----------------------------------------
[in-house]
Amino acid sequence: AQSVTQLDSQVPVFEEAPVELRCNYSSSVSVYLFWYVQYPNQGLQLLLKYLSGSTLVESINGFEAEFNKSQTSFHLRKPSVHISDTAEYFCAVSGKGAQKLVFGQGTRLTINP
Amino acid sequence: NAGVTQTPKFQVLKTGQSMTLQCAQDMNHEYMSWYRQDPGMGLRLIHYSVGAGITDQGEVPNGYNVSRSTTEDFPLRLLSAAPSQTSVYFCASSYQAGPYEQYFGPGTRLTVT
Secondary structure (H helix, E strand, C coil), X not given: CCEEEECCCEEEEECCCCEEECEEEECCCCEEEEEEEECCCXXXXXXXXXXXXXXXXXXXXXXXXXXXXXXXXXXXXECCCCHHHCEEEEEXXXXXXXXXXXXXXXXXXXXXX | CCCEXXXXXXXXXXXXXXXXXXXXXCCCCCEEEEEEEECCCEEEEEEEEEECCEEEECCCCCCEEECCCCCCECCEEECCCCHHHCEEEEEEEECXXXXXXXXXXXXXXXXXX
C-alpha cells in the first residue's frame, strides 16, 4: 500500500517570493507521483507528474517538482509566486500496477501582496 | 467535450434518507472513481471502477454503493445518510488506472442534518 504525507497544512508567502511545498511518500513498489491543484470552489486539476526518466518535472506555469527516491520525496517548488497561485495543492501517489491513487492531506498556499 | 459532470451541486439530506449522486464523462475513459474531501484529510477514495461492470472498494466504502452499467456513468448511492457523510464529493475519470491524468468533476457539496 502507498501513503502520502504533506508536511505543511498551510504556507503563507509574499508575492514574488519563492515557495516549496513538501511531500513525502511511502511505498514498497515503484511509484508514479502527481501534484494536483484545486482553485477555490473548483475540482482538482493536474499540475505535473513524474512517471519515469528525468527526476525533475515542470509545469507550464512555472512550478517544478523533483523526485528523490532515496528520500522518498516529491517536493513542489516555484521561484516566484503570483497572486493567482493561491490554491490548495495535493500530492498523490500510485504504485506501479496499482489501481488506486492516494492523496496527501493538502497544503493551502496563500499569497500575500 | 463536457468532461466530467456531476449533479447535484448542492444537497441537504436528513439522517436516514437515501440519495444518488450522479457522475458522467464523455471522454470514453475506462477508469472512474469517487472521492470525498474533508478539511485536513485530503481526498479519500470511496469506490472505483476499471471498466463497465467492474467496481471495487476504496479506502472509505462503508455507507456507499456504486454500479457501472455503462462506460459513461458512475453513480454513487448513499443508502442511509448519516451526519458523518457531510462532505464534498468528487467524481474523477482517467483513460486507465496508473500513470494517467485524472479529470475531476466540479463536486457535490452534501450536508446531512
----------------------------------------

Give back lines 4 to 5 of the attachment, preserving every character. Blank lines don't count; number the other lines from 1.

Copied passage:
Secondary structure (H helix, E strand, C coil), X not given: CCEEEECCCEEEEECCCCEEECEEEECCCCEEEEEEEECCCXXXXXXXXXXXXXXXXXXXXXXXXXXXXXXXXXXXXECCCCHHHCEEEEEXXXXXXXXXXXXXXXXXXXXXX | CCCEXXXXXXXXXXXXXXXXXXXXXCCCCCEEEEEEEECCCEEEEEEEEEECCEEEECCCCCCEEECCCCCCECCEEECCCCHHHCEEEEEEEECXXXXXXXXXXXXXXXXXX
C-alpha cells in the first residue's frame, strides 16, 4: 500500500517570493507521483507528474517538482509566486500496477501582496 | 467535450434518507472513481471502477454503493445518510488506472442534518 504525507497544512508567502511545498511518500513498489491543484470552489486539476526518466518535472506555469527516491520525496517548488497561485495543492501517489491513487492531506498556499 | 459532470451541486439530506449522486464523462475513459474531501484529510477514495461492470472498494466504502452499467456513468448511492457523510464529493475519470491524468468533476457539496 502507498501513503502520502504533506508536511505543511498551510504556507503563507509574499508575492514574488519563492515557495516549496513538501511531500513525502511511502511505498514498497515503484511509484508514479502527481501534484494536483484545486482553485477555490473548483475540482482538482493536474499540475505535473513524474512517471519515469528525468527526476525533475515542470509545469507550464512555472512550478517544478523533483523526485528523490532515496528520500522518498516529491517536493513542489516555484521561484516566484503570483497572486493567482493561491490554491490548495495535493500530492498523490500510485504504485506501479496499482489501481488506486492516494492523496496527501493538502497544503493551502496563500499569497500575500 | 463536457468532461466530467456531476449533479447535484448542492444537497441537504436528513439522517436516514437515501440519495444518488450522479457522475458522467464523455471522454470514453475506462477508469472512474469517487472521492470525498474533508478539511485536513485530503481526498479519500470511496469506490472505483476499471471498466463497465467492474467496481471495487476504496479506502472509505462503508455507507456507499456504486454500479457501472455503462462506460459513461458512475453513480454513487448513499443508502442511509448519516451526519458523518457531510462532505464534498468528487467524481474523477482517467483513460486507465496508473500513470494517467485524472479529470475531476466540479463536486457535490452534501450536508446531512